Equal Partners
by Roland Ezri

Equal Partners by Roland Ezri

Equal Partners

By Roland Ezri

"Women are the backbone of all societies. They do a substantial part of the work, and play a major role in raising the future generation yet they are largely powerless. The decisions that count are made by men and foisted upon women."

Writings by Roland Ezri

Jokes – XIII. Some Jewish Stories (1 of 2)

The Rabbi of a small Jewish town died.  The Rebetzen grieved for a long time over the loss of this wonderful man, but life goes on.  In time, grief was replaced by loneliness; the people in the town suggested she remarries, but this was a small town and the only available bachelor was the town’s butcher, a widower.

The Rabbi was a very educated person, the butcher on the other hand was no intellectual giant.  However, one needs to be practical, and this lady eventually married the butcher.

On their first Shabbat together, after she came back from the Mikveh (ritual bath to purify oneself), the butcher whispered in her ear, “according to my mother, Judith, we should have sex after the Mikveh.”  So they did.

After lighting the candles, and having their Friday night supper, the butcher whispered in her ear, “according to my father, Haim, after the Shabbat meal, we should have sex.”  So they did.

On Saturday morning, they went to the synagogue; after coming back, the butcher whispered in her ear, “according to my aunt, Rivkah, we should have sex after the Shabbat prayers.”  So they did.

And on it went, with the butcher apprising his new wife that, according to such and such relative, sex was recommended after this or that event.

A week after her wedding, the Rebetzen meets her best friend at the market:

Friend:  “So, nou, how is it going?  How do you like your new husband?”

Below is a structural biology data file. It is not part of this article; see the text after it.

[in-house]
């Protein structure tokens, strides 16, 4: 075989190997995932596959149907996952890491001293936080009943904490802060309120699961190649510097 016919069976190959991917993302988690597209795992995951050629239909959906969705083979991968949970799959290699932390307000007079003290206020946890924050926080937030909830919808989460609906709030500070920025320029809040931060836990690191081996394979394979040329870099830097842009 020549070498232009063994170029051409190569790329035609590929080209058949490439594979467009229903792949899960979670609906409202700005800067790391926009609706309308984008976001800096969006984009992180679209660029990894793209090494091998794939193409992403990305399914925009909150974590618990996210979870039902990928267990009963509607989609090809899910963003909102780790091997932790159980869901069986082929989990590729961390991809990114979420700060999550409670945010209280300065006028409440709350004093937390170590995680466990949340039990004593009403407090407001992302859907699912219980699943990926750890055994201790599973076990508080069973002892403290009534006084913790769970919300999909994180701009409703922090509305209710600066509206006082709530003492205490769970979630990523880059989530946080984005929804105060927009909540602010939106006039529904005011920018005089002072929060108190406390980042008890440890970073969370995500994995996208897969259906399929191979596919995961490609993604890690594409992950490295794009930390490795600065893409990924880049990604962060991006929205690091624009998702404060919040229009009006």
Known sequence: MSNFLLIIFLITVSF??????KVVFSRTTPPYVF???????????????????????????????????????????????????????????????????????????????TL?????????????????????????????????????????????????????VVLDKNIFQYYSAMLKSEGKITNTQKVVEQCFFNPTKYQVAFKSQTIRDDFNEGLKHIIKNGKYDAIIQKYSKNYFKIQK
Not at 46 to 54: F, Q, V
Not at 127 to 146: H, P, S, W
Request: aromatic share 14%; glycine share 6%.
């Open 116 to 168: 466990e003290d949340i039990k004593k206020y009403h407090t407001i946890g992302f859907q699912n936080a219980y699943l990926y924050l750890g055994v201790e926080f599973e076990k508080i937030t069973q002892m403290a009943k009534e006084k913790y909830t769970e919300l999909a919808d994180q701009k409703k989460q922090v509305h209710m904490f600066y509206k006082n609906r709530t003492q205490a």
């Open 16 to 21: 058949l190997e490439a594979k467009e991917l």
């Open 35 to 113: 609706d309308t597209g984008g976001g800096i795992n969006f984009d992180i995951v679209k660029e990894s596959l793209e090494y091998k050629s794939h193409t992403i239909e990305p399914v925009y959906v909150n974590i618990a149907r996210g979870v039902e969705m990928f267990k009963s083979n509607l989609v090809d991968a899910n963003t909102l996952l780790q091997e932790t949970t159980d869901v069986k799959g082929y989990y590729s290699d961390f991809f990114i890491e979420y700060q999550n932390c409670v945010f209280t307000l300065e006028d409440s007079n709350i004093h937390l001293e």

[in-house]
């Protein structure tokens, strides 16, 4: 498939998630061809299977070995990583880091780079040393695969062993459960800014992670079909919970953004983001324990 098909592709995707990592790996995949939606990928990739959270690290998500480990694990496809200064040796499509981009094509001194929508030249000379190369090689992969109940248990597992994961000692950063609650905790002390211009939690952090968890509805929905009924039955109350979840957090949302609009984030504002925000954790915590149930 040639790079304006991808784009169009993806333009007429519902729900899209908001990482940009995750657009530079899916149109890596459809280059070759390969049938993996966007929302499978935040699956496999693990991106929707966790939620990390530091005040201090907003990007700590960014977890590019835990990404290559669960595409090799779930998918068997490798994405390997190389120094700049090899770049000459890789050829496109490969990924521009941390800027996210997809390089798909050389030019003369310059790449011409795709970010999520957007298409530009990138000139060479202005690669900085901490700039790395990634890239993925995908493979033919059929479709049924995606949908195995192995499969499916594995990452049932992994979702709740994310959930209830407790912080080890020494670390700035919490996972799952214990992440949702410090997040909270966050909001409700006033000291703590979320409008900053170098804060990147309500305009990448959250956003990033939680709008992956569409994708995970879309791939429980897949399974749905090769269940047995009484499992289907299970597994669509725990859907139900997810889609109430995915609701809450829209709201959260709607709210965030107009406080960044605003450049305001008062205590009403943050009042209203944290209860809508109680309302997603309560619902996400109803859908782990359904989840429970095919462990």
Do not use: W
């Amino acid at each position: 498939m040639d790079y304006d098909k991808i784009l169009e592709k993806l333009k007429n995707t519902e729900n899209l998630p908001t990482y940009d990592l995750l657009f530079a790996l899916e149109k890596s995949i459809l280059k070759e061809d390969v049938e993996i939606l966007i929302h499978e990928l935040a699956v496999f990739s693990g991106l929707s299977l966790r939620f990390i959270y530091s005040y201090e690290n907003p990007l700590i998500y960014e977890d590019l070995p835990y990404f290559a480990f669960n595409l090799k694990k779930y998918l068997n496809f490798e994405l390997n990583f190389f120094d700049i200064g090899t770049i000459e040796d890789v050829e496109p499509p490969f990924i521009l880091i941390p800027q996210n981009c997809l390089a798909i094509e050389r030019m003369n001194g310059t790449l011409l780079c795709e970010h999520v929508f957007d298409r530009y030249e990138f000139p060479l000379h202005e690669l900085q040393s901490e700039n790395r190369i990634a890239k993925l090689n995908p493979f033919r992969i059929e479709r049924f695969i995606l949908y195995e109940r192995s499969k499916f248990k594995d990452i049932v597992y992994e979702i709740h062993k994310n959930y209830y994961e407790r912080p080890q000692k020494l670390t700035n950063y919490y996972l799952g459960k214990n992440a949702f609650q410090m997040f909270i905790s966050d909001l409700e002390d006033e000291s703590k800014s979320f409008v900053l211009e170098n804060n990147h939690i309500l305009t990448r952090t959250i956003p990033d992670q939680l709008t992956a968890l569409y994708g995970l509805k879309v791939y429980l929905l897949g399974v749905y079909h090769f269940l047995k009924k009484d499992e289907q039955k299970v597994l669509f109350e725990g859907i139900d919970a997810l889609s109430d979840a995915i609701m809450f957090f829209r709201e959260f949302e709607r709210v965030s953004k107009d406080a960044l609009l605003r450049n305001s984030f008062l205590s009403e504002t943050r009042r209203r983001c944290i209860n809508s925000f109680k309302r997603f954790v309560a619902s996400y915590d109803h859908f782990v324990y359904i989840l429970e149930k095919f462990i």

Rebetzen:  “A scholar he is not; but he has such a wonderful family.”

*  *  *

Abel has been going to Schwartz Delicatessen for lunch for as far as anybody could remember.  All the customers knew him and he had his own booth.

One day Abel did not show up, nor did he send word that he was ailing. But Schwartz was not unduly concerned.  However, when a few days went by, and still no Abel, Schwartz was frantic.  He called at home, and asked his neighbors, nothing.  Abel has vanished in thin air.

One day, from his counter, Schwartz saw Abel eating lunch across the street at Goldie Delicatessen, his hated competitor.  He ran like a michigene (a mad man) across the street and was almost run over by a bus.

When he confronted Abel, he was asked to first calm down, he looked like he was going to have a heart attack,

This is the story said Abel:  “I had an abscessed molar; oy the pain, don’t ask; my fever went up and I went to the emergency where they kept me under observation for 24 hours.  When I went to the dentist, he lanced the abscess and gave me antibiotics and pain pills.  The last thing he said when I left was, ‘Abel, for the next few days, eat on the other side.'”

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